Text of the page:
The Wordle craze won’t last forever. Have fun while it lasts
The online game Wordle has exploded in popularity as people around the world seek to guess the correct five-letter word within six tries each day — and clog social media feeds sharing their results.
But, has Wordle peaked? Ian Bogost thinks so.
It’s not just that so many people seem to be playing it, but the kiss of death for any trend is widespread adoption. It’s also that what began as a software engineer’s gift to his partner has become big business. The New York Times acquired the game last week, reportedly paying in the low seven figures.
Since the purchase, Bogost explained on Monday’s St. Louis on the Air, “it's felt as though that saturation point has been reached. And we need almost, like, constant reinvigoration around these sort of attention experiences that we have.”
He compared the game to the New York Times’ Spelling Bee, which “erupted” in the early part of the pandemic. “And now people are a little bit irritated with [it] and they're constantly complaining that it isn't recognizing the words they're using, or what have you,” he said.
A video game designer who has written extensively about games and the role they play in life, Bogost recently moved to St. Louis to take a job as professor and the director of Film and Media Studies at Washington University.
In a recent essay for the Atlantic, Bogost called Wordle a “seductive delight.” He said Wordle’s key is that it feels new, even though it fits neatly in a long tradition. “There’s a century-plus long history of what you might call trial-and-error code-breaking games,” Bogost explained.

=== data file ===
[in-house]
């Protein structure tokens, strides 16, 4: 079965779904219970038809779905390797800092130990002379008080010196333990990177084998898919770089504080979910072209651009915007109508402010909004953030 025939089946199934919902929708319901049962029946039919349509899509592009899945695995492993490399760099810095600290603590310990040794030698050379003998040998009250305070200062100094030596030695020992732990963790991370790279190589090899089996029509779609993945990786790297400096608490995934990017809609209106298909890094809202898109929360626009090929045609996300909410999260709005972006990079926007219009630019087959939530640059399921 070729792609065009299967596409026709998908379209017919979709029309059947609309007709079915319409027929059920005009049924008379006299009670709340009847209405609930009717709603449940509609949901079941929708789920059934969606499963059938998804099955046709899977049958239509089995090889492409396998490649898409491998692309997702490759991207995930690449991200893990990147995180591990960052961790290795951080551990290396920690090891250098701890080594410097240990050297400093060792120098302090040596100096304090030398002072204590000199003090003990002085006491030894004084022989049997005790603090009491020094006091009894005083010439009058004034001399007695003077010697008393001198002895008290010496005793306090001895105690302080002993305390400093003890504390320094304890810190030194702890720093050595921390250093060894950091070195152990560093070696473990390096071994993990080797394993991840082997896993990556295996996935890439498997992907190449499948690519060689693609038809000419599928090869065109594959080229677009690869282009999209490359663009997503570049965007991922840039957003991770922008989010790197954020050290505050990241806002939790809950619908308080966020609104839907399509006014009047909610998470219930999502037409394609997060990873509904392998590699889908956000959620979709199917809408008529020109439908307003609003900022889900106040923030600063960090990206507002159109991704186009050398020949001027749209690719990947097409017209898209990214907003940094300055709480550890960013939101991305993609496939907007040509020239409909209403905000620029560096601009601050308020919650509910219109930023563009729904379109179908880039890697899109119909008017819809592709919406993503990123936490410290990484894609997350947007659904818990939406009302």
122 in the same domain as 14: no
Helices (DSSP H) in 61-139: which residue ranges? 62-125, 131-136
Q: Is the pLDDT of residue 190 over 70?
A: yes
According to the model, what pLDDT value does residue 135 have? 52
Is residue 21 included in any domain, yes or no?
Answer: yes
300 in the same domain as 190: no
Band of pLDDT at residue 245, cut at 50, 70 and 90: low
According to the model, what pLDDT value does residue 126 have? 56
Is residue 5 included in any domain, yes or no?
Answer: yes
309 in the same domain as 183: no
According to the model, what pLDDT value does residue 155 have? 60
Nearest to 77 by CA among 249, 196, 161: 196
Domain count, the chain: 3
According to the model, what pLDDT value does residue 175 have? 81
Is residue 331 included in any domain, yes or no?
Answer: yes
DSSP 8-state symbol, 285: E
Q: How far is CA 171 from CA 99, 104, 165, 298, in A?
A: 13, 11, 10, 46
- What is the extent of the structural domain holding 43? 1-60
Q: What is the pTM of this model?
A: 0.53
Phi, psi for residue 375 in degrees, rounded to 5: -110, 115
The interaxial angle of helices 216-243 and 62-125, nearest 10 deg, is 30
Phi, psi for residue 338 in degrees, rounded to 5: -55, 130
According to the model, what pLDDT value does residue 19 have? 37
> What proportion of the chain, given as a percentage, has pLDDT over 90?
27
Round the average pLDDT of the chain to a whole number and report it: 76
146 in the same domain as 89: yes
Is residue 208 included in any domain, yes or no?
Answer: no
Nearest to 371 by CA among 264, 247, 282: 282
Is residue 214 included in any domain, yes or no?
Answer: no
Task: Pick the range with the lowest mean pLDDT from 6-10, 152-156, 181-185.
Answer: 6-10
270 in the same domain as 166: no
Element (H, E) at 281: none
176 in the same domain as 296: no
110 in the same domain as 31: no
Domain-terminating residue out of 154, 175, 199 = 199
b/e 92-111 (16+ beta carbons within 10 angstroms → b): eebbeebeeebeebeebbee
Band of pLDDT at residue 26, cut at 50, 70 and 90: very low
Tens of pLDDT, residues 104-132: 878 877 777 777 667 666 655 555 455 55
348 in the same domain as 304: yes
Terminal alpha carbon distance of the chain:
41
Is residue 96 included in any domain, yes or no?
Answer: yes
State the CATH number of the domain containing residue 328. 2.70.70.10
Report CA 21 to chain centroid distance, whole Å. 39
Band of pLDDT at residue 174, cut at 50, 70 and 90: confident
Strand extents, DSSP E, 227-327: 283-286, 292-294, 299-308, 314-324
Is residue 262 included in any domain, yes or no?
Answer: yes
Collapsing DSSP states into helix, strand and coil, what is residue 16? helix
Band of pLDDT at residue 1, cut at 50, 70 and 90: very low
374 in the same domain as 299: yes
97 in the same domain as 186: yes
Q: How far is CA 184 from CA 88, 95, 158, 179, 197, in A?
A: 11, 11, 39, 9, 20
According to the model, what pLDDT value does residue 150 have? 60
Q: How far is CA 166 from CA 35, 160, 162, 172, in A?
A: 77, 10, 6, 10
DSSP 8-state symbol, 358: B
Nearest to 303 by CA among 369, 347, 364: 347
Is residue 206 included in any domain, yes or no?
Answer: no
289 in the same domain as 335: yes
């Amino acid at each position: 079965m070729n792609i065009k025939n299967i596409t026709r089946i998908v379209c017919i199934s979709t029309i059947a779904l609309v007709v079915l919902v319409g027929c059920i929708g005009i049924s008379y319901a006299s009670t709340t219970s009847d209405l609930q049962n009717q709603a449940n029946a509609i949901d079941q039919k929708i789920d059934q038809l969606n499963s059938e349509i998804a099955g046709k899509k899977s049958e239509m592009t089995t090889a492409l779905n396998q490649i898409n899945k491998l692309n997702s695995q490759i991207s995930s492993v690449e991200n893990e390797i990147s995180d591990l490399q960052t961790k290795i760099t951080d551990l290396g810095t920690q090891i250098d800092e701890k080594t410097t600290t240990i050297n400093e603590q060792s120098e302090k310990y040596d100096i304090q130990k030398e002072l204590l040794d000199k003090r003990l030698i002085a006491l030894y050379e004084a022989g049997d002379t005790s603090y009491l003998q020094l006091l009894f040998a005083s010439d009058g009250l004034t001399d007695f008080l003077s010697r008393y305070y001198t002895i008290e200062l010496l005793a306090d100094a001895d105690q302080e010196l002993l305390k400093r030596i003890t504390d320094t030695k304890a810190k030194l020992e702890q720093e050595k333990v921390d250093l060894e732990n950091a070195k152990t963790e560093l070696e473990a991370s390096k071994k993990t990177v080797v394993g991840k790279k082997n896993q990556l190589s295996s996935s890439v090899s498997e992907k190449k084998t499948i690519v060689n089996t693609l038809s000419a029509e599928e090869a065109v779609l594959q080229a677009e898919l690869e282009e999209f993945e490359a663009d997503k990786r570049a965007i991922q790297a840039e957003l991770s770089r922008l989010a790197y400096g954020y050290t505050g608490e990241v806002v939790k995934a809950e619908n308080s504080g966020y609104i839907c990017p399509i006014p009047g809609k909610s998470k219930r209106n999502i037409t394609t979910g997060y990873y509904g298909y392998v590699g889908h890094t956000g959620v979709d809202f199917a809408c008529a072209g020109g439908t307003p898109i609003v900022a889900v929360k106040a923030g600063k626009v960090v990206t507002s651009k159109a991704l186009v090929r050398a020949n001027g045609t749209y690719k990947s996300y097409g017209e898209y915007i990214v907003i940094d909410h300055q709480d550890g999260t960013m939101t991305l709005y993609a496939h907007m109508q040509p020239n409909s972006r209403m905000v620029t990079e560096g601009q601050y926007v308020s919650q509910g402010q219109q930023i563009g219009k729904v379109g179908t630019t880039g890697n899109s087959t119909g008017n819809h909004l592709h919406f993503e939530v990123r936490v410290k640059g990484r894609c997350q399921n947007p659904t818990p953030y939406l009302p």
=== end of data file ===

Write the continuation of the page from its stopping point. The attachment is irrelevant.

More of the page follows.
A 19th-century game called Bulls and Cows is a Wordle-like game that uses numbers. A word game called Jotto from the 1950s became popular as a TV game show in the late 1980s called Lingo. Other iterations include the 1970s board game Mastermind.
“It's kind of in the water, and that makes it easier for people to become drawn in,” Bogost said. “What you really want is you want something that you've seen before, but that gives you a new take on it.”
Another reason for Wordle’s success is its simplicity. The limited number of possible solutions makes the game relatively easy, and that makes the people who play it feel smart. Plus, since there’s only one puzzle per day, Wordle doesn’t demand your attention in the ways so much else does.
“It’s actually a huge relief,” Bogost said. And so many of the online games we play demand our attention and money. Wordle doesn’t.
As it’s designed now, Wordle is a finite game. There are nearly 2,300 five-letter English words in the puzzle. That means the daily word puzzles could go on without repetition for about another six years — unless, of course, the game changes.
But while Wordle will surely, eventually run its course, its pleasures feel much less temporal. Bogost compares the joys of cracking the daily Wordle to what people used to get solving the crossword puzzle in the newspaper.
“That idea of warming up for the day by being able to solve something,” he said. “All the news is bad; everything's out of control. But here’s something you can solve that gives you comfort.”
“St. Louis on the Air” brings you the stories of St. Louis and the people who live, work and create in our region. The show is hosted by Sarah Fenske and produced by Alex Heuer, Emily Woodbury, Evie Hemphill and Kayla Drake. Jane Mather-Glass is our production assistant. The audio engineer is Aaron Doerr.